The following is my theory on what happened on April 20th. I have listed factual information to the best of my knowledge, and base this theory on 33 years of experience working on these rigs, with 16 years working as a consultant worldwide. The contractor (Transocean in this case) typically does not do anything without direction and approval from the operator (BP in this case). I believe that there was nothing wrong with the BOP, or the conduct of the crews prior to the catastrophic failure. If any operator drills a similar well using the same flawed casing and cement program, the same results will be very possible.

    The well was drilled to 18,360 ft and final mud weight was 14.0 ppg. The last casing long string was 16 inch and there were 3 drilling liners (13 5/8”, 11 7/8” and 9 7/8”) with 3 liner tops. A 9-7/8” X 7” tapered casing long string was run to TD. The bottom section of casing was cemented with only 51 barrels of light weight cement containing nitrogen, a tricky procedure, especially in these conditions.

    The casing seal assembly was set in wellhead and pressure tested from above to 10,000 psi. Reportedly, a lock down ring was not run on the casing hanger. The casing string was pressure tested against the Shear rams, only 16.5 hours after primary cement job. A negative test on the wellhead packoff was performed.

    The rig crew was likely lead to believe that the well was successfully cemented, capped and secured. Normally a responsible operator will not remove the primary source of well control (14.0 ppg drilling mud) until such conditions were met. However, the crews were given the order to displace heavy mud from riser with seawater, prior to setting the final cement plugs. They were pumping seawater down the drill string and sending returns overboard to workboat, so there was limited ability to directly detect influx via pit level. This is the fastest way to perform the displacement operation, and the method was likely directed and certainly approved by operator. There was a sudden casing failure during this displacement procedure that allowed the well to unload, with ignition of gas and oil. Evidently, the crew was able to get the diverter closed based on initial photographs, showing flames coming out of diverter lines.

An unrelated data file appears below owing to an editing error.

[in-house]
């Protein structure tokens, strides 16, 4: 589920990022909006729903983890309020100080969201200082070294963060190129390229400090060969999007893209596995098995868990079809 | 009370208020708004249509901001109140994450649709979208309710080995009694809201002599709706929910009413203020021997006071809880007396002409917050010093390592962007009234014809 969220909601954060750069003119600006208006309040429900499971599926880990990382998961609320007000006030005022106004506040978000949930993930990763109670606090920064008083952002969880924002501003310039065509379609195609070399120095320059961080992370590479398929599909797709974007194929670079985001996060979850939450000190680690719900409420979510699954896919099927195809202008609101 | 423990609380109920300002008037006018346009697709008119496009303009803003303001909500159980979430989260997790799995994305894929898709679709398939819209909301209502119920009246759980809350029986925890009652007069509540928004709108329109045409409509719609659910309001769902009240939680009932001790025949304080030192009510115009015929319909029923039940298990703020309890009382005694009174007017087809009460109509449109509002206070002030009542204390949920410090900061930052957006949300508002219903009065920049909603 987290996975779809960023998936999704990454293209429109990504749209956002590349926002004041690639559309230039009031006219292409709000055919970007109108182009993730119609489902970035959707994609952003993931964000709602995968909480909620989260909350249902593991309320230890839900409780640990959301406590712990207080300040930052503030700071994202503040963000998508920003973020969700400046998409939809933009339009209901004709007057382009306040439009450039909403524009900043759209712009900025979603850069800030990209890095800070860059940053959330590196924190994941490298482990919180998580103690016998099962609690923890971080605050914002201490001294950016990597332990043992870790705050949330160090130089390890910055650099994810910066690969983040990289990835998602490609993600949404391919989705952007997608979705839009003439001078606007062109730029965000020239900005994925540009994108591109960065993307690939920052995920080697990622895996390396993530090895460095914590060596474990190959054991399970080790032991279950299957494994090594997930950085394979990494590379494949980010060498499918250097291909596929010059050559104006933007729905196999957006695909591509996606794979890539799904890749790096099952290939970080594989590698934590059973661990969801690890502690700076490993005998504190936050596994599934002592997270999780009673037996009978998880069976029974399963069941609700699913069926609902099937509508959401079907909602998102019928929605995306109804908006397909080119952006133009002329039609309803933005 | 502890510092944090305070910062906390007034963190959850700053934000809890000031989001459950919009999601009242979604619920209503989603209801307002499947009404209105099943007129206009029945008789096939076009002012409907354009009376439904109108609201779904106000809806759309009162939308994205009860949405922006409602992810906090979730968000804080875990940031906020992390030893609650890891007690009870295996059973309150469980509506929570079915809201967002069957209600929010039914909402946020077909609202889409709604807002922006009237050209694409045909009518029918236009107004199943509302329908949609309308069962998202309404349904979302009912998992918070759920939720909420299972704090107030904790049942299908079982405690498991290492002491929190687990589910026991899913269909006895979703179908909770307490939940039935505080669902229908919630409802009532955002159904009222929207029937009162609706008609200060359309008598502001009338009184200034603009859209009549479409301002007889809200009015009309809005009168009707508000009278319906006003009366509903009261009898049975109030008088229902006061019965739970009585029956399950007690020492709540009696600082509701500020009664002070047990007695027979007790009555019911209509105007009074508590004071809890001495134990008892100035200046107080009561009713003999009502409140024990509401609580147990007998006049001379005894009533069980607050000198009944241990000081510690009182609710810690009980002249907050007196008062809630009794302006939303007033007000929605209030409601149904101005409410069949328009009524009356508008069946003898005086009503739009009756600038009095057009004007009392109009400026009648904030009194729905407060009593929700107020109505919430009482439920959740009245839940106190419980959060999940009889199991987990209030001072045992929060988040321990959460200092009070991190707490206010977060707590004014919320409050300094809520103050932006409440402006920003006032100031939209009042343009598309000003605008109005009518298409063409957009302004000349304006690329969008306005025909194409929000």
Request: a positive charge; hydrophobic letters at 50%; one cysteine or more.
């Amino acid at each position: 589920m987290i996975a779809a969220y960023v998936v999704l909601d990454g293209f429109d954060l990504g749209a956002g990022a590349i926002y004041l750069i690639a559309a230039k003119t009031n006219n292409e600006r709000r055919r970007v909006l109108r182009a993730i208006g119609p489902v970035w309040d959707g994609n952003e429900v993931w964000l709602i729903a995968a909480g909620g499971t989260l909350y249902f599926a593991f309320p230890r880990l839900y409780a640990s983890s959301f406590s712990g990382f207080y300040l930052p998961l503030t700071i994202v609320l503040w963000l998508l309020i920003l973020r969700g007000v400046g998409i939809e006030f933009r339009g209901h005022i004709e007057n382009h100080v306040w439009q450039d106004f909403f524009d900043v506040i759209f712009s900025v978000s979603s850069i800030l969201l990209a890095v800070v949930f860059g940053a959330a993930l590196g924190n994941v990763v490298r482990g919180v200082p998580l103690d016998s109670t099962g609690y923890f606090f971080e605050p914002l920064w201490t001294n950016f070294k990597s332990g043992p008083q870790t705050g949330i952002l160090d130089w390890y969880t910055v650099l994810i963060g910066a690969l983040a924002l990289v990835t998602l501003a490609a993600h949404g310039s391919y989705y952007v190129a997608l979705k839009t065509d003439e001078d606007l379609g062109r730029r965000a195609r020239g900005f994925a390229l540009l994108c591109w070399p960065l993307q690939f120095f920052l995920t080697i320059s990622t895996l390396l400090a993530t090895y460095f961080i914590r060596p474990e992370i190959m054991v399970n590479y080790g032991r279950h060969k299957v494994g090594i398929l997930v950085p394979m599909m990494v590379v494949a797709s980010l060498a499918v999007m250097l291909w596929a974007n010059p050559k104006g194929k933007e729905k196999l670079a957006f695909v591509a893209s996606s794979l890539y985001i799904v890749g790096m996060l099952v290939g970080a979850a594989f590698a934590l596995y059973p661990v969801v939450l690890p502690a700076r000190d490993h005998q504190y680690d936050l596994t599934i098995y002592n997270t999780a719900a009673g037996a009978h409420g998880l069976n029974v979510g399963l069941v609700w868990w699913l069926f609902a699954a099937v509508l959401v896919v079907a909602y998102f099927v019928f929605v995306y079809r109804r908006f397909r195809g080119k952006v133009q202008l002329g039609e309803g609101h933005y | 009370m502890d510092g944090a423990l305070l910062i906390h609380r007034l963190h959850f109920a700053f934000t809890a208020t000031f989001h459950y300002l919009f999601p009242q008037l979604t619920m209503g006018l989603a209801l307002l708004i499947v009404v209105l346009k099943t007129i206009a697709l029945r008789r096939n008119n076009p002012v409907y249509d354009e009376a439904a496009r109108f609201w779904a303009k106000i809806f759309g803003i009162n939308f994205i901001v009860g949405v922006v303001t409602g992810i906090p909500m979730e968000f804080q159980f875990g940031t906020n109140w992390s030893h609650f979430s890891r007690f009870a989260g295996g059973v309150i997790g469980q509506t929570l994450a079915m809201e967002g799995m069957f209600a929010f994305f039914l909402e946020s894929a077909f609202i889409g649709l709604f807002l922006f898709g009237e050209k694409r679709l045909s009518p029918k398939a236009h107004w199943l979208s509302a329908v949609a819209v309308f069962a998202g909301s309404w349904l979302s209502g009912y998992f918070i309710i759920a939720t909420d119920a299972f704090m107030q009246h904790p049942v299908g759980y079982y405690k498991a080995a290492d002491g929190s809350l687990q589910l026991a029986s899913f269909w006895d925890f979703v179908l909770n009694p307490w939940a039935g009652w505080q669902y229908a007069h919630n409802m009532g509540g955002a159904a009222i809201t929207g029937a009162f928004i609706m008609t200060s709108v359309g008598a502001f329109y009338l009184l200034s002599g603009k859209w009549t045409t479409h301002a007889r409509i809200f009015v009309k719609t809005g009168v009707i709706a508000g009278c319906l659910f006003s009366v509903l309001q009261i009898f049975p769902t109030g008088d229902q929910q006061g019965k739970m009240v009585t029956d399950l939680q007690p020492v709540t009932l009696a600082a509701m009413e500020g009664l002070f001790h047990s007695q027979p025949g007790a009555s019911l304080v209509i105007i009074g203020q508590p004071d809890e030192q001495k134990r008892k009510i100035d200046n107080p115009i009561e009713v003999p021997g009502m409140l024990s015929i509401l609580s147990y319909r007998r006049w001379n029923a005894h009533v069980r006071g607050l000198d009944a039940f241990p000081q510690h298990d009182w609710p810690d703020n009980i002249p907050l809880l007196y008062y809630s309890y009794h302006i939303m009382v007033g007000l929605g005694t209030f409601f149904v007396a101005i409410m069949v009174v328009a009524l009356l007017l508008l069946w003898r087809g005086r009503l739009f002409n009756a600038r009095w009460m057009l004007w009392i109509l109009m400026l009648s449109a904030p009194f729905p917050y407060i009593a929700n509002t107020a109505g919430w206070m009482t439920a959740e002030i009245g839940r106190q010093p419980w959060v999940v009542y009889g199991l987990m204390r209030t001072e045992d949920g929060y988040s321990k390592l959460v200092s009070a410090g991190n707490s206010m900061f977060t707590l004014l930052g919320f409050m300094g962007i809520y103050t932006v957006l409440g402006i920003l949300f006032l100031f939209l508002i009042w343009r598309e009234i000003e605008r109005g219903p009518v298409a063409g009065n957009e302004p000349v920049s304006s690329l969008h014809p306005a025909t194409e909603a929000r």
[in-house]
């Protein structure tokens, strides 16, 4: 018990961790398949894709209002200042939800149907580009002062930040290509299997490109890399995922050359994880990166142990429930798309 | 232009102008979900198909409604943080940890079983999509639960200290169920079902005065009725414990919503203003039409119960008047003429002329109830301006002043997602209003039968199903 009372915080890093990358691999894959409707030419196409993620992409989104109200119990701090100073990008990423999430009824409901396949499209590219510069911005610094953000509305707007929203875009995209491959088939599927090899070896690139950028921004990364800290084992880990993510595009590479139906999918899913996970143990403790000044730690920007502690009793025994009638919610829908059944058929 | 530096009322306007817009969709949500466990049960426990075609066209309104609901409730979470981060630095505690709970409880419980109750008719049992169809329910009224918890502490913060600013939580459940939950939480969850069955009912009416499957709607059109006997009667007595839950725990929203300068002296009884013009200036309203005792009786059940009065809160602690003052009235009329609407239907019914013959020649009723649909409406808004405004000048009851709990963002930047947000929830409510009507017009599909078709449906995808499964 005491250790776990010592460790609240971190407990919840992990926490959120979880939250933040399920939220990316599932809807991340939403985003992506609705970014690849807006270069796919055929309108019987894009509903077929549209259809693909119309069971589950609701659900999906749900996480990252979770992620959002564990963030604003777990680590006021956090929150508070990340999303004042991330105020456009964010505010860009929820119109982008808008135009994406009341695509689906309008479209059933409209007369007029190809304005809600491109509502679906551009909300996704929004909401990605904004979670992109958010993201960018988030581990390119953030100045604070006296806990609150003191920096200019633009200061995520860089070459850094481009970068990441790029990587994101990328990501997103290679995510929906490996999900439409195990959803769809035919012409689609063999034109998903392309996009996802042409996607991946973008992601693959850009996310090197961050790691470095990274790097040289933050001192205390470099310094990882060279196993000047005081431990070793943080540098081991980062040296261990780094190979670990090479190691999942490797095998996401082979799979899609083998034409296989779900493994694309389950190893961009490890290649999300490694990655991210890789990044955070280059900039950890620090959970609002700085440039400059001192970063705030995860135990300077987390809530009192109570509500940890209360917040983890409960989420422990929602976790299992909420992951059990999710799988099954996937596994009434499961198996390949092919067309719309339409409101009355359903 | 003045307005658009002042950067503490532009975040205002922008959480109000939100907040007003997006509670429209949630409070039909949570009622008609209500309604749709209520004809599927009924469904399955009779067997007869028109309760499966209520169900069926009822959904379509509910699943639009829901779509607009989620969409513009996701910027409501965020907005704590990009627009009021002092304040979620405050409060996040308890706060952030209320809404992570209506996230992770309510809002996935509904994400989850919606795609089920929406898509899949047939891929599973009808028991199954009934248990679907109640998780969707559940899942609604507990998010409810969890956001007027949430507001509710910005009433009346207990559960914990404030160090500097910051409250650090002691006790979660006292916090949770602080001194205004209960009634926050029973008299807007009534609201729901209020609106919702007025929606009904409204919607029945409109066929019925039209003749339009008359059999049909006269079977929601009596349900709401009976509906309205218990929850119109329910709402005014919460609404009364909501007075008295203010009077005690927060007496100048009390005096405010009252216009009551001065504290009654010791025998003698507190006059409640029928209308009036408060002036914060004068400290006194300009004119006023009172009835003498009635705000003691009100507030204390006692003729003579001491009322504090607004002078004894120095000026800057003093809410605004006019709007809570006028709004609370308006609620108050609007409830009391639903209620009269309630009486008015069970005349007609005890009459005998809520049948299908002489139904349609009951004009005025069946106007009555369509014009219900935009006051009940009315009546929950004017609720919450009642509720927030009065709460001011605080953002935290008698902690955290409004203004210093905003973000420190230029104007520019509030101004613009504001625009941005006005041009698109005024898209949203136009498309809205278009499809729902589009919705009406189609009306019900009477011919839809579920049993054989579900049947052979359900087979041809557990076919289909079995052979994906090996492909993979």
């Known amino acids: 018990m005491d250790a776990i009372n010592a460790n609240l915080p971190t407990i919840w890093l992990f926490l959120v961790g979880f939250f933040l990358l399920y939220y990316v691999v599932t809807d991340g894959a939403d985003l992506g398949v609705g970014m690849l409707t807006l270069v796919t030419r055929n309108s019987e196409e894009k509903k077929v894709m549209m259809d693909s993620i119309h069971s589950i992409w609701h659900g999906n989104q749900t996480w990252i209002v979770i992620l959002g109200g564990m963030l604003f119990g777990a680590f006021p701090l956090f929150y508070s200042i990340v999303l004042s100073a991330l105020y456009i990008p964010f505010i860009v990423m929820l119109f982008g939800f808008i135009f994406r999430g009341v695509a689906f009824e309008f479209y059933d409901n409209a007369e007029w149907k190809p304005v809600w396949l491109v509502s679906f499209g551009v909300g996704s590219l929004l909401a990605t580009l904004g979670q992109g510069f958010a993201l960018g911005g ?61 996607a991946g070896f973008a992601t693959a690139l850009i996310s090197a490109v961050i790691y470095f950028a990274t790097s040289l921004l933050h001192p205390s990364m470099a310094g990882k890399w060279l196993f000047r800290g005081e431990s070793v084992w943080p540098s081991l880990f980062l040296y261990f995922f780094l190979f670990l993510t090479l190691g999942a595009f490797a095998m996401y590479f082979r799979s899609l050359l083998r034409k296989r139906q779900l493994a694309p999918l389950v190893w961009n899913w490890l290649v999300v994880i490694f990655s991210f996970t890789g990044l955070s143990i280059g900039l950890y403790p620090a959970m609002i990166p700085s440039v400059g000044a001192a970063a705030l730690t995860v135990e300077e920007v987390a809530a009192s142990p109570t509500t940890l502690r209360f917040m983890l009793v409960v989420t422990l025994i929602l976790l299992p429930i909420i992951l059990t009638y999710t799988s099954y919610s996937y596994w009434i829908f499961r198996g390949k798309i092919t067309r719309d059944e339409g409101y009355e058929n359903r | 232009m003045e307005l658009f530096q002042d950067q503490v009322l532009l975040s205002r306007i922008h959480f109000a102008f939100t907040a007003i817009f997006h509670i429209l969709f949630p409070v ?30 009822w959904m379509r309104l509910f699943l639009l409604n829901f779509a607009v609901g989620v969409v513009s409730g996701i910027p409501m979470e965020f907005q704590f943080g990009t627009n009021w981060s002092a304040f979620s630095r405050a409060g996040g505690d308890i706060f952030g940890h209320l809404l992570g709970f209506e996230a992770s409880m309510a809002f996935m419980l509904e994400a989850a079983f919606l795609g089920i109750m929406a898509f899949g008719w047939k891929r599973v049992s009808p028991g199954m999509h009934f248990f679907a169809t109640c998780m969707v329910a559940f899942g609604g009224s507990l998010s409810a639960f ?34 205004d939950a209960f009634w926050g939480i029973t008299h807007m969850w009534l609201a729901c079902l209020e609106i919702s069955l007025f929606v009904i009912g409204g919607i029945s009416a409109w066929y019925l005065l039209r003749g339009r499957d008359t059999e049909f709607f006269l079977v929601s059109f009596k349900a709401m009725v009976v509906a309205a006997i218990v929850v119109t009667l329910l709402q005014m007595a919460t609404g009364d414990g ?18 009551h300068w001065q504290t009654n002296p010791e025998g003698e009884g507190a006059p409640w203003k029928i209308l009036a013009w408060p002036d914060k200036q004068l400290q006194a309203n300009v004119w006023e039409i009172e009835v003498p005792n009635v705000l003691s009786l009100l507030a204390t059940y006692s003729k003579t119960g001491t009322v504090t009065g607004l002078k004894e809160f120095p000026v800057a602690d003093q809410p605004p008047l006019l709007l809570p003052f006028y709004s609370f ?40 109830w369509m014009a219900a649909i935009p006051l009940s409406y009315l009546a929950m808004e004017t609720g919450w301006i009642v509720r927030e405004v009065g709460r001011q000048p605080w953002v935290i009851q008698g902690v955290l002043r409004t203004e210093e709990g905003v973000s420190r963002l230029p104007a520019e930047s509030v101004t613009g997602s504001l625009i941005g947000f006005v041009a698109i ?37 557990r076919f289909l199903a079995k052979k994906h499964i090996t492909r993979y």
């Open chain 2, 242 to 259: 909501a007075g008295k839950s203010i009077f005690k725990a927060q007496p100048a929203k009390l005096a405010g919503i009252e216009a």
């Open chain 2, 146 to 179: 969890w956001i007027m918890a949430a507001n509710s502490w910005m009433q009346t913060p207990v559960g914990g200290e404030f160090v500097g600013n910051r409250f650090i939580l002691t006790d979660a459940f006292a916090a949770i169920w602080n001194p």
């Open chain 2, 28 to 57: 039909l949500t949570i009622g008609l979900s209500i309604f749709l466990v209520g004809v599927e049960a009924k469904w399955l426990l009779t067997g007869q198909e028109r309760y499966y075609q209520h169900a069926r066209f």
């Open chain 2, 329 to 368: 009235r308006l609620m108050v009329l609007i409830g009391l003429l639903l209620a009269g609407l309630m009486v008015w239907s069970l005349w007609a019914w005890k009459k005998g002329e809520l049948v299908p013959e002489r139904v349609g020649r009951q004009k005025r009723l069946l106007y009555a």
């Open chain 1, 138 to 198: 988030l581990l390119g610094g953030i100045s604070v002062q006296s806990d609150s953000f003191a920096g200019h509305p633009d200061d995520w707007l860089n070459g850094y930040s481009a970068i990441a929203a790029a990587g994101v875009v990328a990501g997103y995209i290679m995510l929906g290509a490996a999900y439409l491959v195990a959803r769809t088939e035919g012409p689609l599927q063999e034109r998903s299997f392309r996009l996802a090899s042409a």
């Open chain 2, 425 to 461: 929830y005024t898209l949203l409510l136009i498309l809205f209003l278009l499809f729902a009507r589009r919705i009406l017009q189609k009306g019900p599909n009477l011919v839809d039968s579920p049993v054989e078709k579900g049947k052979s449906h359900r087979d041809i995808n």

It is likely that pressure built up between the 9 7/8” and 16" casing under the casing hanger, due to gas migration from the pay zone. Based on reported mud weight, the reservoir formation pressure is in excess of 13,000 psi. The pressure building in the cross sectional area below the casing hanger would have increased casing tension and caused casing to collapse and part (rapidly separate) at a connection, probably a joint or two (50’ or 90’) below wellhead. The collapse pressure for 62.8 ppf 9-7/8” casing is +/- 10,300 psi. However, the collapse resistance of casing is considerably reduced in presence of axial stress (i.e. tension). Engineers - see formula from API bulletin 5C3, section 2.1.5 and run the math. The well then came in violently through parted casing and caused the blowout. Without lockdown ring on hanger, the casing hanger and joint(s) were slingshot up into BOP. That would explain why ALL components of the BOP are unable to seal or shear. The parted casing section remains across all BOP ram cavities and probably all the way up into the riser.

    Shortcut #1: Running a tapered long string rather than a liner with 9-7/8” liner top packer, followed by tieback string and pumping heavy cement all the way to seabed. Perhaps the original permits for this casing program were based on a planned appraisal well, and changed midstream to a producer well, then hastily approved by the complacent or under-staffed MMS. This tragic shortcut may have saved about 1.5 rig days.

    Shortcut #2: Insufficient time was used to cure the mud losses prior to cementing the open hole reservoir section, depending instead on using lightweight cement to prevent losses to the formation.

    Shortcut #3: The nitrified primary cement job. This is difficult to pull off, even under ideal conditions.

    Shortcut #4: Hanger without lock ring may have used due to the previously unplanned long string, and to avoid waiting for hanger with lock ring to be fabricated or prepared.

    Shortcut #5: No cement evaluation logs were performed after a job with known high calculated risk (mud losses to formation). This shortcut may have saved 8 hours of rig time.